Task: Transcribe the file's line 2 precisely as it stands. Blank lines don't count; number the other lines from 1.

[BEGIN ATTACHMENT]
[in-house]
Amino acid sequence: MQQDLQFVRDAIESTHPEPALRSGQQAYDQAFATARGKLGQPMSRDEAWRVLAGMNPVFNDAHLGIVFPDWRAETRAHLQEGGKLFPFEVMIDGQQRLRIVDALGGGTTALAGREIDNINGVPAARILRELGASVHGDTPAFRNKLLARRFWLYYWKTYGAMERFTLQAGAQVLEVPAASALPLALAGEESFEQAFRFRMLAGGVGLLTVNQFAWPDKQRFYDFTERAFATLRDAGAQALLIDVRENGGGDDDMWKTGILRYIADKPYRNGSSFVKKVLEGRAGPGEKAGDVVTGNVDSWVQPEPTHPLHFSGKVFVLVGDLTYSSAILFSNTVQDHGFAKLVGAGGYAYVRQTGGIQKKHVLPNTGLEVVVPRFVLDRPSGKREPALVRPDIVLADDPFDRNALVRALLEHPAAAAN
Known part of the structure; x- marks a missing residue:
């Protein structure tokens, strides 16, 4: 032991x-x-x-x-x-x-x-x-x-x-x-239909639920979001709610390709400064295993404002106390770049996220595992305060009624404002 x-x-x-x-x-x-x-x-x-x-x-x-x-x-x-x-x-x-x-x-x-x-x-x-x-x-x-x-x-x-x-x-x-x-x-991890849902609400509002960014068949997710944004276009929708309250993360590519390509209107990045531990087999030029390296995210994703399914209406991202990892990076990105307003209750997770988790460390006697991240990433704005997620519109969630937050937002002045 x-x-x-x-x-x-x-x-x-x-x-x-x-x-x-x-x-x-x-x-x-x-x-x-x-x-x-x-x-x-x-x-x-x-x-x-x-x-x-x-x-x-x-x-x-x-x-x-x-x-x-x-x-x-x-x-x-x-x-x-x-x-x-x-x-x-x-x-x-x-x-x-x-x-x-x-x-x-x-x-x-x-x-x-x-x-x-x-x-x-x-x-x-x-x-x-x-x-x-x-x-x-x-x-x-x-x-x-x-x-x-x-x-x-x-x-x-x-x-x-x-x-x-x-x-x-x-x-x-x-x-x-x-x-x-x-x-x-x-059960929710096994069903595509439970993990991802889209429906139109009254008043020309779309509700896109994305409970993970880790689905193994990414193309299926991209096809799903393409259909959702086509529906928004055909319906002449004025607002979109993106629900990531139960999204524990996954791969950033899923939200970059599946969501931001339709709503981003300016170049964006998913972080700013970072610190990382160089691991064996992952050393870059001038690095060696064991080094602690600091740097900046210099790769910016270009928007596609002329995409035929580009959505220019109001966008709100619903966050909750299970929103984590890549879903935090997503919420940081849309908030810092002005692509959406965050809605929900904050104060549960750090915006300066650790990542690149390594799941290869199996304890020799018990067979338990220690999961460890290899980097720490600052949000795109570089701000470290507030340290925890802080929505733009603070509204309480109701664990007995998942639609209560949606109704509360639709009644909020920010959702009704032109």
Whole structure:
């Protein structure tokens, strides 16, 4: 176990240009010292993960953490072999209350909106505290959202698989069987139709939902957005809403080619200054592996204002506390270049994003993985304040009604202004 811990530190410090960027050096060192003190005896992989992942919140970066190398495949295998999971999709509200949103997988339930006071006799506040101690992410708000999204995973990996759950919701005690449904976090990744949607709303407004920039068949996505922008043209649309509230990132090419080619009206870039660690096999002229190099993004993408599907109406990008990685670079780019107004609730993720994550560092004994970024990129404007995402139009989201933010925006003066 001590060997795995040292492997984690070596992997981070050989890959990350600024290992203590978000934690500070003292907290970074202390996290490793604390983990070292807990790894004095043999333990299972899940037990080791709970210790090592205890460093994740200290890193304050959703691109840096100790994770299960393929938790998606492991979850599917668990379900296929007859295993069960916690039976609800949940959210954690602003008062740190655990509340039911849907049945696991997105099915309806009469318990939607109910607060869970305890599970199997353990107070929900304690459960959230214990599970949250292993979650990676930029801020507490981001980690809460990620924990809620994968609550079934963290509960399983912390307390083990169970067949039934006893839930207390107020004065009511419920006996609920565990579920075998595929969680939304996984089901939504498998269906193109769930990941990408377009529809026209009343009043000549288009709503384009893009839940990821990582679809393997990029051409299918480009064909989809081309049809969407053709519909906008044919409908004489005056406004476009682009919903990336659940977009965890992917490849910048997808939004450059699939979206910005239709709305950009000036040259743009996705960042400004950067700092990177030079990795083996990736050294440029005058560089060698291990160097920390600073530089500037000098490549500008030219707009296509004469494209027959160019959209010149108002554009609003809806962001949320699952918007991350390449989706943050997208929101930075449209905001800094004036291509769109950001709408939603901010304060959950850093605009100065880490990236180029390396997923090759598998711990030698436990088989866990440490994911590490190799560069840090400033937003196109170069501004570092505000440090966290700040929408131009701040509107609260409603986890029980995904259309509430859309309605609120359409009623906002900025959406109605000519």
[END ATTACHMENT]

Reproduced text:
Amino acid sequence: MQQDLQFVRDAIESTHPEPALRSGQQAYDQAFATARGKLGQPMSRDEAWRVLAGMNPVFNDAHLGIVFPDWRAETRAHLQEGGKLFPFEVMIDGQQRLRIVDALGGGTTALAGREIDNINGVPAARILRELGASVHGDTPAFRNKLLARRFWLYYWKTYGAMERFTLQAGAQVLEVPAASALPLALAGEESFEQAFRFRMLAGGVGLLTVNQFAWPDKQRFYDFTERAFATLRDAGAQALLIDVRENGGGDDDMWKTGILRYIADKPYRNGSSFVKKVLEGRAGPGEKAGDVVTGNVDSWVQPEPTHPLHFSGKVFVLVGDLTYSSAILFSNTVQDHGFAKLVGAGGYAYVRQTGGIQKKHVLPNTGLEVVVPRFVLDRPSGKREPALVRPDIVLADDPFDRNALVRALLEHPAAAAN